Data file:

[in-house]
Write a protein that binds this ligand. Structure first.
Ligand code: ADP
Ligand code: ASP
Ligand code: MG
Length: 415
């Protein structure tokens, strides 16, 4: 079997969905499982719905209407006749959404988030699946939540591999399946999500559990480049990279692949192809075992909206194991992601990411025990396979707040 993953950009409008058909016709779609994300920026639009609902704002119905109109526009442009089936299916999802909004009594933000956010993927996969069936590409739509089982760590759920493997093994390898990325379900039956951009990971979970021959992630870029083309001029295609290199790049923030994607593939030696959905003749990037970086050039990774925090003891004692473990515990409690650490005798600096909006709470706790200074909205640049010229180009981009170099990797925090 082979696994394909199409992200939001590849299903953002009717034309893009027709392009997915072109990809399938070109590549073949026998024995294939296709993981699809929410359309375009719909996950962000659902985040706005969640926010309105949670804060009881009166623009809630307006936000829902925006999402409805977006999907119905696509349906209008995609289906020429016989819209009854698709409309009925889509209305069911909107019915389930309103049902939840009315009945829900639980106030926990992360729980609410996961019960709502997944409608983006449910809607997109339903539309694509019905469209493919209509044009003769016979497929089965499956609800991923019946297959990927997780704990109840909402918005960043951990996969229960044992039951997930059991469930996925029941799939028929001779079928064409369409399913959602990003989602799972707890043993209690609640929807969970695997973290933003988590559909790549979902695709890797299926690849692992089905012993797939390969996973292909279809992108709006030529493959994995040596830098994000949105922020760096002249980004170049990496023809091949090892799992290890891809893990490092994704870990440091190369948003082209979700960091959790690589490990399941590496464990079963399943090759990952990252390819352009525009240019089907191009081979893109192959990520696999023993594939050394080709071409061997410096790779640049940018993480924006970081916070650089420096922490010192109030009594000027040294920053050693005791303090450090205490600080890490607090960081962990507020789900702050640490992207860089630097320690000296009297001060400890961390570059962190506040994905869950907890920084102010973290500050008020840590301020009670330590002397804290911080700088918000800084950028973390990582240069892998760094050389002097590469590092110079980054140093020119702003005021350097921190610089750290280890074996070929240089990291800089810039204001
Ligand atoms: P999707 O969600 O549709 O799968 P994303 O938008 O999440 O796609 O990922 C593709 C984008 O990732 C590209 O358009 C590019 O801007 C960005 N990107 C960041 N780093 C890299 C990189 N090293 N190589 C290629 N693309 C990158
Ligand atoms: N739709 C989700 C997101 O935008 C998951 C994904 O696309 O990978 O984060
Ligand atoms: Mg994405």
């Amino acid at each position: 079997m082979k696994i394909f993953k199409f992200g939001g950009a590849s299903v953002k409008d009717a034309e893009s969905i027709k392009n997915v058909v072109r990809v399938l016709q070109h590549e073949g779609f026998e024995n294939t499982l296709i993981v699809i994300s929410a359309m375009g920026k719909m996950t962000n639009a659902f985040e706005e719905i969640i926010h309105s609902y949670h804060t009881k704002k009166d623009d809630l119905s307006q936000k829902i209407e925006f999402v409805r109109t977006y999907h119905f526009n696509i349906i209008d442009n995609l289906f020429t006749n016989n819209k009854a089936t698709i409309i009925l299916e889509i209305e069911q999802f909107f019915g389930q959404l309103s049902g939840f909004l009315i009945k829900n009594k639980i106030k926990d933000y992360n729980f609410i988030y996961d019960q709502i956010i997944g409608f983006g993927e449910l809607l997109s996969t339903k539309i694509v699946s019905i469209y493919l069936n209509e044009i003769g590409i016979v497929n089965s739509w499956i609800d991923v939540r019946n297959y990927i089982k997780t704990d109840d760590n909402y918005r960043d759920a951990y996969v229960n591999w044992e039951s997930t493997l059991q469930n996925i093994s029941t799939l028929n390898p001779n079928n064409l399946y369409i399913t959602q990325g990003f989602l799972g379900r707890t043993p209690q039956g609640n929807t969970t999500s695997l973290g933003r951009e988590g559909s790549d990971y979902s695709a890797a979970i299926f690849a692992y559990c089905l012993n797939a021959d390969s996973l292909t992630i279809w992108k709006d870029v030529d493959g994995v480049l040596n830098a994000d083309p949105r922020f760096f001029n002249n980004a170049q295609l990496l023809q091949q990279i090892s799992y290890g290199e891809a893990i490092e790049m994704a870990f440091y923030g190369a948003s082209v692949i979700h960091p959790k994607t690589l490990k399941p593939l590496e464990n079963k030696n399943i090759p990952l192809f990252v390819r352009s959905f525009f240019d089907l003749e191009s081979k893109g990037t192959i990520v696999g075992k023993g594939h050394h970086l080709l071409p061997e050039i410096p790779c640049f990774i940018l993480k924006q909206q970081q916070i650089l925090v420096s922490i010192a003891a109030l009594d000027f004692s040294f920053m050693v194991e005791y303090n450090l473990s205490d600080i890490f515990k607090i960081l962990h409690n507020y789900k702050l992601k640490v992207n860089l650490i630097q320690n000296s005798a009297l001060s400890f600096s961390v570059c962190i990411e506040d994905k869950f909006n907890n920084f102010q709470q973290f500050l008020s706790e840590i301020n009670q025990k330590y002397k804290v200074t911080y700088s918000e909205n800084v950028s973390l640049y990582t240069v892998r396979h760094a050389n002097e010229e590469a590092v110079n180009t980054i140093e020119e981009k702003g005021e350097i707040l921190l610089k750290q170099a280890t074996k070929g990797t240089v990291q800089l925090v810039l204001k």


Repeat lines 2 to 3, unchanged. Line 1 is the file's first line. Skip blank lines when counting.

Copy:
Write a protein that binds this ligand. Structure first.
Ligand code: ADP